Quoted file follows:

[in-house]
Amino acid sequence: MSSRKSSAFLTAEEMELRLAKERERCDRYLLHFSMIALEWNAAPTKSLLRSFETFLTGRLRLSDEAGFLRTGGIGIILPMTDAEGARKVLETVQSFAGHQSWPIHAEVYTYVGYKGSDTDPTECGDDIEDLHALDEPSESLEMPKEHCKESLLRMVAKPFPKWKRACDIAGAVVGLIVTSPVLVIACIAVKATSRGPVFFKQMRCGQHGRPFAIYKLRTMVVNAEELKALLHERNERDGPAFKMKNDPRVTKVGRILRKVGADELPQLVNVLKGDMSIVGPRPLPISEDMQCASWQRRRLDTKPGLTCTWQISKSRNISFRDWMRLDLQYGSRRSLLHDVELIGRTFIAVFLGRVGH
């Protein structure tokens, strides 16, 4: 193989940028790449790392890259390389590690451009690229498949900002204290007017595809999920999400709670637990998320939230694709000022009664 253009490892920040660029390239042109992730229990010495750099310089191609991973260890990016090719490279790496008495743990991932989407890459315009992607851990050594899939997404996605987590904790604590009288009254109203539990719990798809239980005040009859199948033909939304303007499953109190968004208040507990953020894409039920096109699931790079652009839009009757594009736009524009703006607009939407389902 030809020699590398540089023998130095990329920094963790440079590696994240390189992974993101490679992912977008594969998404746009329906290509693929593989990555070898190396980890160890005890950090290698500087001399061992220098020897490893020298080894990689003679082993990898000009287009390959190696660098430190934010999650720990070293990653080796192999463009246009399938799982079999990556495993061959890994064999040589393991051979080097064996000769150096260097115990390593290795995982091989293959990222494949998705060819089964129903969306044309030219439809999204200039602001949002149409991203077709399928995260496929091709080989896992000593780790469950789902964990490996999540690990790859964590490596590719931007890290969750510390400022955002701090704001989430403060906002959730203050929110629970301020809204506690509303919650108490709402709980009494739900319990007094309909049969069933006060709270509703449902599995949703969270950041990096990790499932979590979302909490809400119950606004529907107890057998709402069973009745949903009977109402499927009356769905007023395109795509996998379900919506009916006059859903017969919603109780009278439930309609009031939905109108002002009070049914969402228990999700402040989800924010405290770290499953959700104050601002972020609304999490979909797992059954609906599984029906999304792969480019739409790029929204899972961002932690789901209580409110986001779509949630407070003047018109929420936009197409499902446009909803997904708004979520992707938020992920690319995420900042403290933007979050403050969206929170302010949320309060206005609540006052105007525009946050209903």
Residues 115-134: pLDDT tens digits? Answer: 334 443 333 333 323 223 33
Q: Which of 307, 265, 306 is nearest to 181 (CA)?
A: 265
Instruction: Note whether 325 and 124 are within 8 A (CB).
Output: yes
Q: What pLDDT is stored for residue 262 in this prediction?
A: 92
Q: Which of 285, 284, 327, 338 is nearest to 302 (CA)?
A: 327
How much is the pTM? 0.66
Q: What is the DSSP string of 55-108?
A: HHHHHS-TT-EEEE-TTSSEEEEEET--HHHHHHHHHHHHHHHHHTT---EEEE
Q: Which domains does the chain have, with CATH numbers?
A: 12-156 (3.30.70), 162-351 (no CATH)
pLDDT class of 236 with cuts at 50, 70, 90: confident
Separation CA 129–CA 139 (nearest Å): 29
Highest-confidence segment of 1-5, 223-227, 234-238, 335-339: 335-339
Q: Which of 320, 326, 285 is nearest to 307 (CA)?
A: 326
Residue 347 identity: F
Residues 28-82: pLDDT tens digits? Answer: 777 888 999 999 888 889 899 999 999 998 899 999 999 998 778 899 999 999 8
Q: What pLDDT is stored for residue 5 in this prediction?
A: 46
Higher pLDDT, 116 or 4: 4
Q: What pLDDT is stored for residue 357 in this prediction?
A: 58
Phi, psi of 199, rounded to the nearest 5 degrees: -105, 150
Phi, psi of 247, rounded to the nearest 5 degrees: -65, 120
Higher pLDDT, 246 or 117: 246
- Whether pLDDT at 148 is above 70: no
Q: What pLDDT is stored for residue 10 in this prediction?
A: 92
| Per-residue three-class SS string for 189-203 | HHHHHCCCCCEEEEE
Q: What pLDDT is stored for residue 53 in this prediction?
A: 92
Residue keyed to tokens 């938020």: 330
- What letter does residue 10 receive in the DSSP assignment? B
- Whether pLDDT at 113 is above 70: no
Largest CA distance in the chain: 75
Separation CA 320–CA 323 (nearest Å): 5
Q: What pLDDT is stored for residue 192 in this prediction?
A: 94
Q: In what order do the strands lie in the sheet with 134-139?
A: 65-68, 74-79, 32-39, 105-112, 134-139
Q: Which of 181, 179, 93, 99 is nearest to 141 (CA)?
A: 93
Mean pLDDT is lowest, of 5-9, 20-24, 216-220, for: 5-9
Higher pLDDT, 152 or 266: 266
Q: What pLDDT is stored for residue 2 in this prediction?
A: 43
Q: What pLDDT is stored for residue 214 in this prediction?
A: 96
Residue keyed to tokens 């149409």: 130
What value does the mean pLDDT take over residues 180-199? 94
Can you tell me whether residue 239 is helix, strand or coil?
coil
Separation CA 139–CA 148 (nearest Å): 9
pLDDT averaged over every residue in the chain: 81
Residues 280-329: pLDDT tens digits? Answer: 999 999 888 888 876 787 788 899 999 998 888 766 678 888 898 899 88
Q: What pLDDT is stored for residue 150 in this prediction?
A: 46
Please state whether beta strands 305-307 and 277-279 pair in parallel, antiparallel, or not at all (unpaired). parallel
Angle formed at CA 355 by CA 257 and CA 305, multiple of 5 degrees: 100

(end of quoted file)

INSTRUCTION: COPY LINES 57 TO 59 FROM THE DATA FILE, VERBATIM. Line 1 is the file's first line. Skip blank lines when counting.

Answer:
What value does the mean pLDDT take over residues 180-199? 94
Can you tell me whether residue 239 is helix, strand or coil?
coil